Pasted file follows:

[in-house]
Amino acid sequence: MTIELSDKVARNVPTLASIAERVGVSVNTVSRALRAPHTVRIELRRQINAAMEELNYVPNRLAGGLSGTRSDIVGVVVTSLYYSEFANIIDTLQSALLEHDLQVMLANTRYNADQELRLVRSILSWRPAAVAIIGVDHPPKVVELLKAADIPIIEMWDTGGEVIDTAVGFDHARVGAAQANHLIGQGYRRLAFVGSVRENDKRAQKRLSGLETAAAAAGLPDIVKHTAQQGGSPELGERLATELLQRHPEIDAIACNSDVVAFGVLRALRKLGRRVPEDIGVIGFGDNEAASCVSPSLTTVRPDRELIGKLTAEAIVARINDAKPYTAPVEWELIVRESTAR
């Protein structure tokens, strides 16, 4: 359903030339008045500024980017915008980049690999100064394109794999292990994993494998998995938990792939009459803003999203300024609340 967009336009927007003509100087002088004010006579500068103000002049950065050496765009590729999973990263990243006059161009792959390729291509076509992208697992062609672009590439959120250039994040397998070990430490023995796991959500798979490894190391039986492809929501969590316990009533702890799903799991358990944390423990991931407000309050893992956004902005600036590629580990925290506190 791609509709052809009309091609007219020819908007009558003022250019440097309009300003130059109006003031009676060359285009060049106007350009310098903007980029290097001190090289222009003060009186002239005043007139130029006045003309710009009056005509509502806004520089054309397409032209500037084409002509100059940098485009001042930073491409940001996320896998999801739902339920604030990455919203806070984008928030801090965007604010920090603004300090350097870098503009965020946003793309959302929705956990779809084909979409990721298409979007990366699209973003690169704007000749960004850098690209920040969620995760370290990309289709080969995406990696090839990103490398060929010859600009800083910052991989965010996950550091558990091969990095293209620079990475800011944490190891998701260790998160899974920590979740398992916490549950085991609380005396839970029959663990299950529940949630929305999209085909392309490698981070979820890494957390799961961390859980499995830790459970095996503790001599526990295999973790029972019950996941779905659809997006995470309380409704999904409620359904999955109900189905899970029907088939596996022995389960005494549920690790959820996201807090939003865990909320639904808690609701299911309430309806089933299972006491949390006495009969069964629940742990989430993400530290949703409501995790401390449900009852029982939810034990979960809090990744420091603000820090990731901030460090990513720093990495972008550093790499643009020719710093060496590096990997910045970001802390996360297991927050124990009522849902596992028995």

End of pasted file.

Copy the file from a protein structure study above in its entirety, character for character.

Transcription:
[in-house]
Amino acid sequence: MTIELSDKVARNVPTLASIAERVGVSVNTVSRALRAPHTVRIELRRQINAAMEELNYVPNRLAGGLSGTRSDIVGVVVTSLYYSEFANIIDTLQSALLEHDLQVMLANTRYNADQELRLVRSILSWRPAAVAIIGVDHPPKVVELLKAADIPIIEMWDTGGEVIDTAVGFDHARVGAAQANHLIGQGYRRLAFVGSVRENDKRAQKRLSGLETAAAAAGLPDIVKHTAQQGGSPELGERLATELLQRHPEIDAIACNSDVVAFGVLRALRKLGRRVPEDIGVIGFGDNEAASCVSPSLTTVRPDRELIGKLTAEAIVARINDAKPYTAPVEWELIVRESTAR
């Protein structure tokens, strides 16, 4: 359903030339008045500024980017915008980049690999100064394109794999292990994993494998998995938990792939009459803003999203300024609340 967009336009927007003509100087002088004010006579500068103000002049950065050496765009590729999973990263990243006059161009792959390729291509076509992208697992062609672009590439959120250039994040397998070990430490023995796991959500798979490894190391039986492809929501969590316990009533702890799903799991358990944390423990991931407000309050893992956004902005600036590629580990925290506190 791609509709052809009309091609007219020819908007009558003022250019440097309009300003130059109006003031009676060359285009060049106007350009310098903007980029290097001190090289222009003060009186002239005043007139130029006045003309710009009056005509509502806004520089054309397409032209500037084409002509100059940098485009001042930073491409940001996320896998999801739902339920604030990455919203806070984008928030801090965007604010920090603004300090350097870098503009965020946003793309959302929705956990779809084909979409990721298409979007990366699209973003690169704007000749960004850098690209920040969620995760370290990309289709080969995406990696090839990103490398060929010859600009800083910052991989965010996950550091558990091969990095293209620079990475800011944490190891998701260790998160899974920590979740398992916490549950085991609380005396839970029959663990299950529940949630929305999209085909392309490698981070979820890494957390799961961390859980499995830790459970095996503790001599526990295999973790029972019950996941779905659809997006995470309380409704999904409620359904999955109900189905899970029907088939596996022995389960005494549920690790959820996201807090939003865990909320639904808690609701299911309430309806089933299972006491949390006495009969069964629940742990989430993400530290949703409501995790401390449900009852029982939810034990979960809090990744420091603000820090990731901030460090990513720093990495972008550093790499643009020719710093060496590096990997910045970001802390996360297991927050124990009522849902596992028995």